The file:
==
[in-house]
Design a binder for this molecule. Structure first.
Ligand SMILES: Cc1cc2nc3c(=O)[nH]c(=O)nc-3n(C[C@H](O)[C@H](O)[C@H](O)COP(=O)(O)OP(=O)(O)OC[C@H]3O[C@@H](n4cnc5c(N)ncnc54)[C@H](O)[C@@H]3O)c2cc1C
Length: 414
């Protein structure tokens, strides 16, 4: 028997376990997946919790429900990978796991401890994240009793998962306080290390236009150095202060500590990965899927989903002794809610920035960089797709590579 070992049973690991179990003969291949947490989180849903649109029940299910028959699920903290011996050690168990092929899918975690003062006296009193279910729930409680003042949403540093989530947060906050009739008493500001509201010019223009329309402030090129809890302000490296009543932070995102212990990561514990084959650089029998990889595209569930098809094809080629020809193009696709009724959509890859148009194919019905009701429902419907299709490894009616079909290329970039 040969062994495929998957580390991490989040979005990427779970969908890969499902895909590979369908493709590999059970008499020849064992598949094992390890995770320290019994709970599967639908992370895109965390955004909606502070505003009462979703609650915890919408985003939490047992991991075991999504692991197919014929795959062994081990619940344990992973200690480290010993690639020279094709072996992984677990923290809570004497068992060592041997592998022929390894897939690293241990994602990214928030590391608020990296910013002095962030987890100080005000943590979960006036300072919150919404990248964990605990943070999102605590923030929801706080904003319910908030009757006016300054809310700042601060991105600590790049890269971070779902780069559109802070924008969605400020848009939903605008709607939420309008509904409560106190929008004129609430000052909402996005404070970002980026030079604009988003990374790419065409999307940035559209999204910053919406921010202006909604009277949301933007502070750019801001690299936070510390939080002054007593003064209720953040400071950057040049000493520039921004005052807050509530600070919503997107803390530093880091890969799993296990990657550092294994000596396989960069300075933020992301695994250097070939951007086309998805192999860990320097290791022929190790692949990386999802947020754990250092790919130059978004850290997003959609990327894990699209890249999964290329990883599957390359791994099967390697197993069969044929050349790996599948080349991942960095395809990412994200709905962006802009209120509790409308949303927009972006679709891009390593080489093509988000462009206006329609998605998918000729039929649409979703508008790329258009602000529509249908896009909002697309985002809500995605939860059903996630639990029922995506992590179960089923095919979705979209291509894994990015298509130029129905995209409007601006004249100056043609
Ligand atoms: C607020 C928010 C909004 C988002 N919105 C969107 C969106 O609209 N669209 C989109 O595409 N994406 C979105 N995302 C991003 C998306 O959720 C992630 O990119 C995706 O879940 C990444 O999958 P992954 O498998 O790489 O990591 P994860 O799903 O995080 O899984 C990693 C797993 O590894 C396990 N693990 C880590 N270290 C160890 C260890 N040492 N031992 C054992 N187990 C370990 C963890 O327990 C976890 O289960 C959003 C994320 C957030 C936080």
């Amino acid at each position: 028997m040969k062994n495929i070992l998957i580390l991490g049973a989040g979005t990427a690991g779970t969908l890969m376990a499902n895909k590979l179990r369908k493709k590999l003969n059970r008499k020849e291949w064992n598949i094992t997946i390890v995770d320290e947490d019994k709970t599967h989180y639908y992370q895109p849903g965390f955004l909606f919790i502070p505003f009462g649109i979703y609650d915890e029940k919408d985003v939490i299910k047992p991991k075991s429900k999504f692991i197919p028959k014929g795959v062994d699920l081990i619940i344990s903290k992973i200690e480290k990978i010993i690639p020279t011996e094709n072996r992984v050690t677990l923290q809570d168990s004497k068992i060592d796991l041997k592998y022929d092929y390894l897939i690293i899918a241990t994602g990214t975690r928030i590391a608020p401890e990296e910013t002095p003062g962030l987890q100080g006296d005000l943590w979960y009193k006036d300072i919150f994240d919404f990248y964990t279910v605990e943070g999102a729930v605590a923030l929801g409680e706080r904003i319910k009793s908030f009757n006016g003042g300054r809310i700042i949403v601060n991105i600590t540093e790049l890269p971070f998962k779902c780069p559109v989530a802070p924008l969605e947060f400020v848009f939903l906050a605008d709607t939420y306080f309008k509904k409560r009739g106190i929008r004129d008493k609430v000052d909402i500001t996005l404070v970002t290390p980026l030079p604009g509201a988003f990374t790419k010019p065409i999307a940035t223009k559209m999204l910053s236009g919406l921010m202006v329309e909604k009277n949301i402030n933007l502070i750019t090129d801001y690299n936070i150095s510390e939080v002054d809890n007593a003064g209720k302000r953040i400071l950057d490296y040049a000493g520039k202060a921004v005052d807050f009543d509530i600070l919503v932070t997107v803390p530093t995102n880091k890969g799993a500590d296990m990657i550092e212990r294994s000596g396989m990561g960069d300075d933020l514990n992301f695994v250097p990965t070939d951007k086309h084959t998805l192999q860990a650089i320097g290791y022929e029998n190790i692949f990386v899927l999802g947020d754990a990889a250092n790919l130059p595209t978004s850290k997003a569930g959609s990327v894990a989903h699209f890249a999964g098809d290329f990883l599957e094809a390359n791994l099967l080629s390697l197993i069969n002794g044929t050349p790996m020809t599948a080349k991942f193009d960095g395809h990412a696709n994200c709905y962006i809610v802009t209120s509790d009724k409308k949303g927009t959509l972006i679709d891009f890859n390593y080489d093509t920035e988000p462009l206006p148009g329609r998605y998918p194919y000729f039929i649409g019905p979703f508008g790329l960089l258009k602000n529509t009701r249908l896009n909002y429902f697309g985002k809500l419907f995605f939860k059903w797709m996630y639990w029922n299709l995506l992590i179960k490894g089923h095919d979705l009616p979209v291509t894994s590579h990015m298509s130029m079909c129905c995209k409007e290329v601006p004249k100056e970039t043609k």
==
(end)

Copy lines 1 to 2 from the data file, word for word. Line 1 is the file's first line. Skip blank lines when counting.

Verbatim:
[in-house]
Design a binder for this molecule. Structure first.